To participate in World IPv6 Day, which is being sponsored by the Internet Society, organizations agree to support IPv6 traffic on their public-facing Web sites. More than 80 Web site operators -- including Facebook, Google, Yahoo and Bing -- have joined the World IPv6 Day trial.
"Verisign is committed to ensuring that the critical Internet infrastructure under our stewardship is fully prepared for rapid, wide-scale IPv6 adoption," said Danny McPherson, Chief Security Officer of Verisign, in a statement.
The goal of World IPv6 Day is for network operators to gather valuable information about how IPv6 functions in production mode and to quantify how many Internet users suffer from IPv6 brokenness, a term that refers to misconfigured or misbehaving gear that will result in some Internet users being unable to access Web sites that operate IPv6. Industry estimates are that 0.05% of Internet users -- or around 1 million Internet users worldwide -- suffer from IPv6 brokenness and likely don't know it.
IPv6 is the long-anticipated upgrade to the Internet's main communications protocol, which is known as IPv4. IPv4 uses 32-bit addresses and can support 4.3 billion devices connected directly to the Internet. IPv6, on the other hand, uses 128-bit addresses and supports a virtually unlimited number of devices -- 2 to the 128th power.
Web sites such as Facebook and Yahoo are upgrading their Web servers, load balancers and software to support IPv6 because the Internet is running out of address space using IPv4.
In February, the Internet Assigned Numbers Authority (IANA) issued the last blocks of unassigned IPv4 addresses to the regional Internet registries, which will dole them out to ISPs and other network operators over the next few months.
Once IPv4 addresses are depleted, Web sites will need to either support IPv6 or use complex mechanisms such as carrier-grade network address translation (NAT) to communicate with IPv6-based users.
Many network vendors are jumping on the World IPv6 Day bandwagon as a way of demonstrating to enterprise customers that their IPv6-based products are ready for prime time. Among the companies that have signed up for World IPv6 Day are Cisco, Juniper, BlueCat Networks and Huawei.
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Akamai, which was one of the first companies to sign up for World IPv6 Day, said the event is driving demand for its new IPv6-to-IPv4 translation service, which is in beta production mode with several public sector and high-tech customers of its content delivery network services.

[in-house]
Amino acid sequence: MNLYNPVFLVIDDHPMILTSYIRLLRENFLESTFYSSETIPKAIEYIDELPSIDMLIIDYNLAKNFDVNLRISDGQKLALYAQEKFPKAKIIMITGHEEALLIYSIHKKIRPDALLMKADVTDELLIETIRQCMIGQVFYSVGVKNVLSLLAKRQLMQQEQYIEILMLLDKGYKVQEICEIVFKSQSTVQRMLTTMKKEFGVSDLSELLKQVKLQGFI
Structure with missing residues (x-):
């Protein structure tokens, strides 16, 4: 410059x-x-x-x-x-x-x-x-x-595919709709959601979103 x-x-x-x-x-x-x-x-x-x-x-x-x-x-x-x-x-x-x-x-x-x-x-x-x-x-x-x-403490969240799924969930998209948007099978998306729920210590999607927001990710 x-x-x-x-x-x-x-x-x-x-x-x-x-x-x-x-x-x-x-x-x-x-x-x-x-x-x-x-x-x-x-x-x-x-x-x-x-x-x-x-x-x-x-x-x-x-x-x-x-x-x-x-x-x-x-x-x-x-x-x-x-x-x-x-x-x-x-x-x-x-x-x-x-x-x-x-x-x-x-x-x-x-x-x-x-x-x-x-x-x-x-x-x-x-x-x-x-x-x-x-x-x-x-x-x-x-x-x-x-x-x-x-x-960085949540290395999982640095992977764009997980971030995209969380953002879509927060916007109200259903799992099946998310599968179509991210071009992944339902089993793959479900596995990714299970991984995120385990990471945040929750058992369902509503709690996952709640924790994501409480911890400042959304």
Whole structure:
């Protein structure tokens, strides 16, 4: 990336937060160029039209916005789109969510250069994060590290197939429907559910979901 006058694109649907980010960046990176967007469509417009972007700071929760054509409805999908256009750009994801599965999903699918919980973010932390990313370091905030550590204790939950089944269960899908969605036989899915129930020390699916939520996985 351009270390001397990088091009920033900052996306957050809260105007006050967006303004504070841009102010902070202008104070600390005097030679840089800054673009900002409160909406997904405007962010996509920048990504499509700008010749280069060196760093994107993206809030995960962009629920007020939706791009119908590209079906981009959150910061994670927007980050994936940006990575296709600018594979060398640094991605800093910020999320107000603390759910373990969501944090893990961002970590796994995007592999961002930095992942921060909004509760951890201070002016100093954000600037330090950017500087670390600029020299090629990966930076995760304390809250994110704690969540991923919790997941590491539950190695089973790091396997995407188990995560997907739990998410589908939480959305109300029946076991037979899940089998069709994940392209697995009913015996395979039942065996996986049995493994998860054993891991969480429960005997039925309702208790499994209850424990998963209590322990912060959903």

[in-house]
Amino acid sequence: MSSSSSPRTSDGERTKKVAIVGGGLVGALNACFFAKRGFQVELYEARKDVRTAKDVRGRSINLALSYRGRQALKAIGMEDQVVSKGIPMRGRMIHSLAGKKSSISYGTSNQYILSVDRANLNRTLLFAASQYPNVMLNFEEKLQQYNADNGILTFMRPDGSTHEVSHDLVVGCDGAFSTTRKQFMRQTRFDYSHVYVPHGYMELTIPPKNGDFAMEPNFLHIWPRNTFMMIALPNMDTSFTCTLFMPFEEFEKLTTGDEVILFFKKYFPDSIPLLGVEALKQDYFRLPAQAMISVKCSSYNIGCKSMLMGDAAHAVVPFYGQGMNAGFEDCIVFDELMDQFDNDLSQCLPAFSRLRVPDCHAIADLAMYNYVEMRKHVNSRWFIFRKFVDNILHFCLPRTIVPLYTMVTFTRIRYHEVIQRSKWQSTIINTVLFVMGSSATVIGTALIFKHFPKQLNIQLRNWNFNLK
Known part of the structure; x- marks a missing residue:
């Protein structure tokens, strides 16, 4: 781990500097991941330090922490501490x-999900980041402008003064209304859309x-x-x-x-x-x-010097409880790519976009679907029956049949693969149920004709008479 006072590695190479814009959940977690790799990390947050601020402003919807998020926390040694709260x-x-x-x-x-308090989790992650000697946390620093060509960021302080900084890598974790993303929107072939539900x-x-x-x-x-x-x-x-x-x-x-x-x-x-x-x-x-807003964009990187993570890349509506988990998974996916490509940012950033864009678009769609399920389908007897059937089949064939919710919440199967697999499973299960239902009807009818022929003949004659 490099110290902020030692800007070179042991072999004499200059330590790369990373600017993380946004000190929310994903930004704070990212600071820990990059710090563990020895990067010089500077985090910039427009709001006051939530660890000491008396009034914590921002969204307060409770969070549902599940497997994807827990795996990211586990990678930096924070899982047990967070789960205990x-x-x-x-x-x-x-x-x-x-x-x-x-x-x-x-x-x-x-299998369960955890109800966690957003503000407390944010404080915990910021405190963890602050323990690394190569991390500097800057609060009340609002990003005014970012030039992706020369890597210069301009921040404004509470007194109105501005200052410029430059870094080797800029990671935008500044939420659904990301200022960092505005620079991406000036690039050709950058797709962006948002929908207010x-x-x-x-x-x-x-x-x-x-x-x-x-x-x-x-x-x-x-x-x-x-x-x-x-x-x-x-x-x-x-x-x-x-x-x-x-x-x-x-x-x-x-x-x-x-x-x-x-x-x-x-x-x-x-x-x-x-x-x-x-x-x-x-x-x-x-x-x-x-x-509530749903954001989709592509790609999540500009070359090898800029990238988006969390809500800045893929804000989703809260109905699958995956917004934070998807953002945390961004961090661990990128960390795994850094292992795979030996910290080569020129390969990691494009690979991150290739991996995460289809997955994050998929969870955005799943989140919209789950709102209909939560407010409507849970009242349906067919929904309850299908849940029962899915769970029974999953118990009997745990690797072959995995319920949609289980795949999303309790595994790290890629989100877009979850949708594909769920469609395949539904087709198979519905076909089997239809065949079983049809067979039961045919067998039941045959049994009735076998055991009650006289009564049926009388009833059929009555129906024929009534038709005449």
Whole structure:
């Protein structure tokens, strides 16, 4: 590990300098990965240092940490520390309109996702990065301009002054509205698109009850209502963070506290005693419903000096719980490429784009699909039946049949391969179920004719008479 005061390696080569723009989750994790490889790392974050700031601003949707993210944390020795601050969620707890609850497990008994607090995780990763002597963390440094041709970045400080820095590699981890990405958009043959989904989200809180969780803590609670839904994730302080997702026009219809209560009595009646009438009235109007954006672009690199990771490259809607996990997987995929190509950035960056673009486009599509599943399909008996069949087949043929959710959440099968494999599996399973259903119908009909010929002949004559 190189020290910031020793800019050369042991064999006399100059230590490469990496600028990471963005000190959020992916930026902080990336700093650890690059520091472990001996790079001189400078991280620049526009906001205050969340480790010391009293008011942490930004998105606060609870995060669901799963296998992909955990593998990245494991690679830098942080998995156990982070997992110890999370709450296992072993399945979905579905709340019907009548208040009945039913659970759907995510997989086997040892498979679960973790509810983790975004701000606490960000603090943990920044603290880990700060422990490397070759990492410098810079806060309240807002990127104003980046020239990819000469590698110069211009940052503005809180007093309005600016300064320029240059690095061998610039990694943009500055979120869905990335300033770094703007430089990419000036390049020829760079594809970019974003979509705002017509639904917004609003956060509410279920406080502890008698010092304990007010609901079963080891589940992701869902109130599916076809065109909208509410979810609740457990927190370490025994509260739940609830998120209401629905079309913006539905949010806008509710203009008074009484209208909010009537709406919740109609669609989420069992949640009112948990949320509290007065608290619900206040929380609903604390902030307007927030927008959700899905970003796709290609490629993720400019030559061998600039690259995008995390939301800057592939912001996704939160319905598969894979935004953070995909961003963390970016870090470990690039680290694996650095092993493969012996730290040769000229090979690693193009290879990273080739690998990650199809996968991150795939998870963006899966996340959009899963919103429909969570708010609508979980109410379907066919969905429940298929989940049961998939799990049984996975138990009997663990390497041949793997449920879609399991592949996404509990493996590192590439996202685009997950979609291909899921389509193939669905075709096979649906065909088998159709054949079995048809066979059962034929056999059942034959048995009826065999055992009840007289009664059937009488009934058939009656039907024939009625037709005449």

"The interest in our IPv6 technology preview has been fantastic; we have more customers than we anticipated," said Andy Champagne, vice president of engineering at Akamai. "World IPv6 Day in June has been a huge pivot point for us. We're enabling a lot of our customers to participate in that. We will have a commercial service capability out that allows them to participate in World IPv6 Day with minimal changes to the infrastructure on their end."
One segment of network operators that is lagging in signing up for World IPv6 Day is U.S. universities, particularly those that offer top computer science programs. Only two top-tier computer science schools -- Harvard and Rensselaer Polytechnic Institute -- have joined the World IPv6 Day effort.
Professor Ed Lazowska, the Bill & Melinda Gates chairman in computer science and engineering at the University of Washington, said security issues were preventing the university from supporting IPv6 on its public-facing Web sites and services at this time. "I'm told there are a set of security issues that are pacing the IPv6 rollout, related to the readiness of various vendors' equipment upon which we rely," Lazowska said. "Things will be ready when they need to be ready," he added.